Vanity, vanity… or the ultimate commission?
No longer limited to oil on canvas, artists are challenging the conventions of portraiture
By Georgina Adam. From Art Basel Miami Beach daily edition
Published online: 07 December 2012
Having your portrait painted by a famous artist must be the ultimate form of possession: it is about you, but seen through the artist’s eye. It is about entering into what can be a very intimate relationship—think Lucian Freud and many of his models. It is about owning a work of art that may, one day, transcend your own lifetime and live on as part of art history.
Although portraiture is as old as history itself, today’s artists are changing the rules of the game, and the Art Basel Miami Beach week offers an array of examples of just how far artists depicting sitters are prepared to go in their use of technology and in stretching the limits of taste and acceptability.
One example at the fair can be found at Galerie Perrotin (G6). The Japanese superstar artist Takashi Murakami is taking a leaf from Warhol’s book and offering commissioned portraits, made from a photograph and available in a number of formats and sizes. Sitters supply a favourite photograph, are Skyped or go into the studio, and the resulting image is superimposed on a typical Murakami background of happy smiley flower faces in candy colours. “We have had a number of commissions already, and we are particularly happy that one is from someone who also commissioned a portrait from Andy Warhol,” says Emmanuel Perrotin, the gallery’s owner. Prices start at $70,000. Murakami keeps one copy as a proof for himself and the other goes to the sitter.
The artist Julian Opie also makes portraits, and a work depicting the fashion designer Diane von Fürstenberg dominates an outside wall of Lisson Gallery’s stand (J1). Opie’s method is to make a series of portraits, with sitters able to choose as few or as many as they like; the others go onto the market. Prices range from £40,000 to £80,000.
These examples are figurative depictions of the sitter, filtered through the artist’s personal approach. But many of today’s artists are pushing back the boundaries of the genre. Tobias Rehberger has been making portraits in the form of sculptural flowers in vases, an ongoing series that he began in 1996 (neugerriemschneider, C15, €20,000 each); the Puerto Rican collector César Reyes is among his patrons. The French artist Dominique Gonzalez-Foerster made a group “portrait” of her friend, the collector Andy Stillpass, and his family, in the form of a clothes line hung with articles of white clothing taken from their cupboards. (The artist is represented by 303 Gallery; G5.) The British artist Tracey Emin has made neon “portraits” based on the sitter’s answers to a questionnaire. According to her gallery, she will still occasionally make new works for “closely vetted” subjects (Lehmann Maupin, K15; around £60,000).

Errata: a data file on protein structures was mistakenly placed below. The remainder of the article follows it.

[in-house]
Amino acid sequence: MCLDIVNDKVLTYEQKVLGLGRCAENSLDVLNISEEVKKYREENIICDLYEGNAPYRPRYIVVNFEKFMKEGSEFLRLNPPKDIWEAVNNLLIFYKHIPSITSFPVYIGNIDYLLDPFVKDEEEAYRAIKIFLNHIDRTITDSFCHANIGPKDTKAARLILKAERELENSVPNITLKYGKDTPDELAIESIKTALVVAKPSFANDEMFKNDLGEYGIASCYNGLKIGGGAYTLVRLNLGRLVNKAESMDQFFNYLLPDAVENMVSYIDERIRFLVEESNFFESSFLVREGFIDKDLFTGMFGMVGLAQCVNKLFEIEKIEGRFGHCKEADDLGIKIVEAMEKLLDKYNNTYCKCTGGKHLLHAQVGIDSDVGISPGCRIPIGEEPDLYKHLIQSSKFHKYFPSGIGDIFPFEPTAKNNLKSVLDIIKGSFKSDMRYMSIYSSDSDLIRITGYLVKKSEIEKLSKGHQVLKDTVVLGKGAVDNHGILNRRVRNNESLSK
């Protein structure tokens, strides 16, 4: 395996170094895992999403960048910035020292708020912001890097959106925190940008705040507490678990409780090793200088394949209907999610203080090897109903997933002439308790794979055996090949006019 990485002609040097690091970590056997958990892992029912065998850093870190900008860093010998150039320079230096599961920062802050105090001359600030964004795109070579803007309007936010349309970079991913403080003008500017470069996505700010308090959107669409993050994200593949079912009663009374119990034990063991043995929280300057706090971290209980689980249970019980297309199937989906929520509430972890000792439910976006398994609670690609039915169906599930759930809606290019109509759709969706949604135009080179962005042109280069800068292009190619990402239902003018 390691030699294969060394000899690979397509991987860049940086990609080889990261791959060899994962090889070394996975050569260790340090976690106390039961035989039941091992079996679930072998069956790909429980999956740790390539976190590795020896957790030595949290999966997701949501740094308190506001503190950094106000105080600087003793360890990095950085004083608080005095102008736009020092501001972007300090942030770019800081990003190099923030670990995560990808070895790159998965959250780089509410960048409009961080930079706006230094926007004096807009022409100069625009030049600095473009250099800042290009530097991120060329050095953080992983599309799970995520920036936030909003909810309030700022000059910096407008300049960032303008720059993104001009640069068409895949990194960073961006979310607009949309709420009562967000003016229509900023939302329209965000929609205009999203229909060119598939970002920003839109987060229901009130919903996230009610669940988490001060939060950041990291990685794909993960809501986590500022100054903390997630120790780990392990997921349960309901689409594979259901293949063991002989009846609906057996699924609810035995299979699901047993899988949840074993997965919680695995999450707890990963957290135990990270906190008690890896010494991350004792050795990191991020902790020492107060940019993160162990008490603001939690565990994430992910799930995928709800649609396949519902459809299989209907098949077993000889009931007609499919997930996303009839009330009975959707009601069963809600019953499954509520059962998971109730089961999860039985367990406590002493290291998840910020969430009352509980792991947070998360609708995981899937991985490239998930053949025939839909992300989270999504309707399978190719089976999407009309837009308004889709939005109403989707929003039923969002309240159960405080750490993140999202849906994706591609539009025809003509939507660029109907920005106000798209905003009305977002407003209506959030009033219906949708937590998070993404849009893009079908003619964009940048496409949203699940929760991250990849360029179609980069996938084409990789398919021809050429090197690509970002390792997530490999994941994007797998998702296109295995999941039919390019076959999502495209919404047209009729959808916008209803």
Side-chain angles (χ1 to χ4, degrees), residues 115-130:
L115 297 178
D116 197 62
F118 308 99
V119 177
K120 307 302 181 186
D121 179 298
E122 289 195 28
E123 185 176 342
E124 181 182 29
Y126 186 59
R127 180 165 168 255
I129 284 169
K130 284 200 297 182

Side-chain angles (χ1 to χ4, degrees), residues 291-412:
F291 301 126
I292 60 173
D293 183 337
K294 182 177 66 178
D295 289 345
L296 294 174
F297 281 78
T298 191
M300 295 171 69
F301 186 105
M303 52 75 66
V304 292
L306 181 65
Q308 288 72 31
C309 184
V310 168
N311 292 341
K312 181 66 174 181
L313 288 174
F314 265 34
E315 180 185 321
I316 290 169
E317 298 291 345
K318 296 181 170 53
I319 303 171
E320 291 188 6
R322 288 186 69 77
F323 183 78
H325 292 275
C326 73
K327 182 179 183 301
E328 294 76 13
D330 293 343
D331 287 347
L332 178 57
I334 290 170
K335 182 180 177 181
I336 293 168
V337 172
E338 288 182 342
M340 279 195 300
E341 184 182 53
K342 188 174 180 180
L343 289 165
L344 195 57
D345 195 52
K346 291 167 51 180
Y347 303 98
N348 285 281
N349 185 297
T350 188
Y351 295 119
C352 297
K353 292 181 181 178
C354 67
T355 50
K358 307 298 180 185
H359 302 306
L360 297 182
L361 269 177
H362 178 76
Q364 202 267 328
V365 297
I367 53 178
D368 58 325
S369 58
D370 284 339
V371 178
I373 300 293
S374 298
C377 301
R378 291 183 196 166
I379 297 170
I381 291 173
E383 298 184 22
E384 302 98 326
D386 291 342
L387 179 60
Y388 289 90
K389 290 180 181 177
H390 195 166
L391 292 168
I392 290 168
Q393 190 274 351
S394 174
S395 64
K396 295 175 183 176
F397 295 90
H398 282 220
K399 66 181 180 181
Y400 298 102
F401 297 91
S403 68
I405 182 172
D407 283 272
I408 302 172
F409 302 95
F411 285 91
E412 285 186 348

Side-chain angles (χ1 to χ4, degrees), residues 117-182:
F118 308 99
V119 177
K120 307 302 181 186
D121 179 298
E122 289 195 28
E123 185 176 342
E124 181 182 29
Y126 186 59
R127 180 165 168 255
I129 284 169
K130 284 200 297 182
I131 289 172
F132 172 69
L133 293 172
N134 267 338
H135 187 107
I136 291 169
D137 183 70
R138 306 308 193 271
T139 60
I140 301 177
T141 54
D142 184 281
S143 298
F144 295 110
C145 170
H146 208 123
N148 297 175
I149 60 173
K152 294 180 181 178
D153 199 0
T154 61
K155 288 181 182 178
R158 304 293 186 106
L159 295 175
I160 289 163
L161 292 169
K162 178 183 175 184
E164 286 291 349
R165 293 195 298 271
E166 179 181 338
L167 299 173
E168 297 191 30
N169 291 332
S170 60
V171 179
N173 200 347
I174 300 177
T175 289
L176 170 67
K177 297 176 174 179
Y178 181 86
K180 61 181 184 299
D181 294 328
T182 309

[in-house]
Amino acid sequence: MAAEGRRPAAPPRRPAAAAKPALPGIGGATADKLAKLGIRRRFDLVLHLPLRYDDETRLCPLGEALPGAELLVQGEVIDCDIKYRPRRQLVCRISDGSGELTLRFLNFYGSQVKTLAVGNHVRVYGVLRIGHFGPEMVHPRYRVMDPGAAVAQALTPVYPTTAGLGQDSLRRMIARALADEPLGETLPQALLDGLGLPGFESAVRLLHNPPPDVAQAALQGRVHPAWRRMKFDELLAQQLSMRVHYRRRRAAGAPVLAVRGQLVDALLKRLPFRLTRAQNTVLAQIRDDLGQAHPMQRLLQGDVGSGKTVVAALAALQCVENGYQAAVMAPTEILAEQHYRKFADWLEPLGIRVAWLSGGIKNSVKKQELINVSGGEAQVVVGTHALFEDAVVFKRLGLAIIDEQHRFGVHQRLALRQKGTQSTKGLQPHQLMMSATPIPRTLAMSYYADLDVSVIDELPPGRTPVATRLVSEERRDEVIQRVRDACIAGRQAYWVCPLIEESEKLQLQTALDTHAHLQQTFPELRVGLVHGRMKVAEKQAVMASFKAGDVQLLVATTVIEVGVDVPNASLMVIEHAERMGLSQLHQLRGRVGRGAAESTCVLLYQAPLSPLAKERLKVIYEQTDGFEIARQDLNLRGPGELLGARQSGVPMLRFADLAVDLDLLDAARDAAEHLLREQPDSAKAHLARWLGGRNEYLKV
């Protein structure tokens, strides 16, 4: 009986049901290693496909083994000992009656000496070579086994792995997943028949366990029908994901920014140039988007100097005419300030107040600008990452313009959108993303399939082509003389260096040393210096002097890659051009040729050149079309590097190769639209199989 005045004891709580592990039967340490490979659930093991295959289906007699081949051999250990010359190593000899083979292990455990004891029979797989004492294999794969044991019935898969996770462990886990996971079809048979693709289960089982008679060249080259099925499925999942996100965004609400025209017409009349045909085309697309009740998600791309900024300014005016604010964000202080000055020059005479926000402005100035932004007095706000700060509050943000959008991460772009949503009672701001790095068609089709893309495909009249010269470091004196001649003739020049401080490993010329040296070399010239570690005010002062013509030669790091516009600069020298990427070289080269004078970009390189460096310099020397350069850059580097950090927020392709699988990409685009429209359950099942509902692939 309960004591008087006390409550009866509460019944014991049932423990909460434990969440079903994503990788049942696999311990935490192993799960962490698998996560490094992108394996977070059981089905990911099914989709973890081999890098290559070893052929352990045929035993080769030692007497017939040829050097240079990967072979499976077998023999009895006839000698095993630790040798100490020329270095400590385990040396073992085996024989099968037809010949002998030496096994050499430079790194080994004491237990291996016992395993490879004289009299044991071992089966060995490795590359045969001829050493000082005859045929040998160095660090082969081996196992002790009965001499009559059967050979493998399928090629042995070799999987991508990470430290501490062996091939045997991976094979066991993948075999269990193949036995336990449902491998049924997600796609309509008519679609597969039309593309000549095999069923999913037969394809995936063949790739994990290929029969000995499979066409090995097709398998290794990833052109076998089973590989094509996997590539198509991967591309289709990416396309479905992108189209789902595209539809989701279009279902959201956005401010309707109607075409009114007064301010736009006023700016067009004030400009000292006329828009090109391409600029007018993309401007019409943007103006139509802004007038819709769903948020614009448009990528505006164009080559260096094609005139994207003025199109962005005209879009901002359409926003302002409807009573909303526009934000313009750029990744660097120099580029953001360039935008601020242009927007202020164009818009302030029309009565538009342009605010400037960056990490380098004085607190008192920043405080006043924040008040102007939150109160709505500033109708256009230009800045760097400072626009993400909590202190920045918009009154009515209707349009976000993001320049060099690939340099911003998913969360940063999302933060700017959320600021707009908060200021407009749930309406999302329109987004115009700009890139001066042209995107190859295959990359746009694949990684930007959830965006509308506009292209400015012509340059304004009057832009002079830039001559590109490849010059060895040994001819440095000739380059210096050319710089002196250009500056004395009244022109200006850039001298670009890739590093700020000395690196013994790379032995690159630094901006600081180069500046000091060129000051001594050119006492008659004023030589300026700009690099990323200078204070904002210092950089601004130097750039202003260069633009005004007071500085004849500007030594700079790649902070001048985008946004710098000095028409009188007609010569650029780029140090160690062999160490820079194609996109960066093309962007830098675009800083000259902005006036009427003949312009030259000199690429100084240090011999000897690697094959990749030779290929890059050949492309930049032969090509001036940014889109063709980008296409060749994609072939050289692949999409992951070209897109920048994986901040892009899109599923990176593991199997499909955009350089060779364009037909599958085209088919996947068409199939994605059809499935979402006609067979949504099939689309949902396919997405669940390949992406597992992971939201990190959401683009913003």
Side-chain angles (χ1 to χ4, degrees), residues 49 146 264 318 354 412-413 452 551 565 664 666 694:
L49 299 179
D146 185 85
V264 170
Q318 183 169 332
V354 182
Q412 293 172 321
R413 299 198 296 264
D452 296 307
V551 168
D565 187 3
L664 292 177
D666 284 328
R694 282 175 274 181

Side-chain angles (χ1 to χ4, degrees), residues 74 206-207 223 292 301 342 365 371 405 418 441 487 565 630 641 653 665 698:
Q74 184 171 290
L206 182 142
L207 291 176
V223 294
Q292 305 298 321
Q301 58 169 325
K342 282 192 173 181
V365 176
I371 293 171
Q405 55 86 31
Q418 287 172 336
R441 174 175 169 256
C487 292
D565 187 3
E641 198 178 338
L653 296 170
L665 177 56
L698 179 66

“The choice of artist and the manner in which you are portrayed is just as much an indicator of status today as it was in the past,” says Louisa Buck, the author of the recently released Commissioning Contemporary Art: a Handbook for Curators, Collectors and Artists (Thames & Hudson) and a regular contributor to The Art Newspaper. “But commissioning a radical artist shows you are progressive and innovative—and gets you the respect of the most innovative creators around.”
Pilar Corrias Gallery (N34) is showing a series of highly explicit portraits by Leigh Ledare, commissioned by a prominent New Yorker whose face is obscured (her name is even redacted in the contract). The sitter approached Ledare after being inspired by a series in which the artist photographed his mother in a variety of pornographic poses. The sessions for this series, “Untitled”, took place over seven days in the sitter’s apartment; the resulting images were superimposed on silkscreened front pages of the New York Times. The agreement with the artist was that he could make, and sell, an edition of 16 ($15,000).
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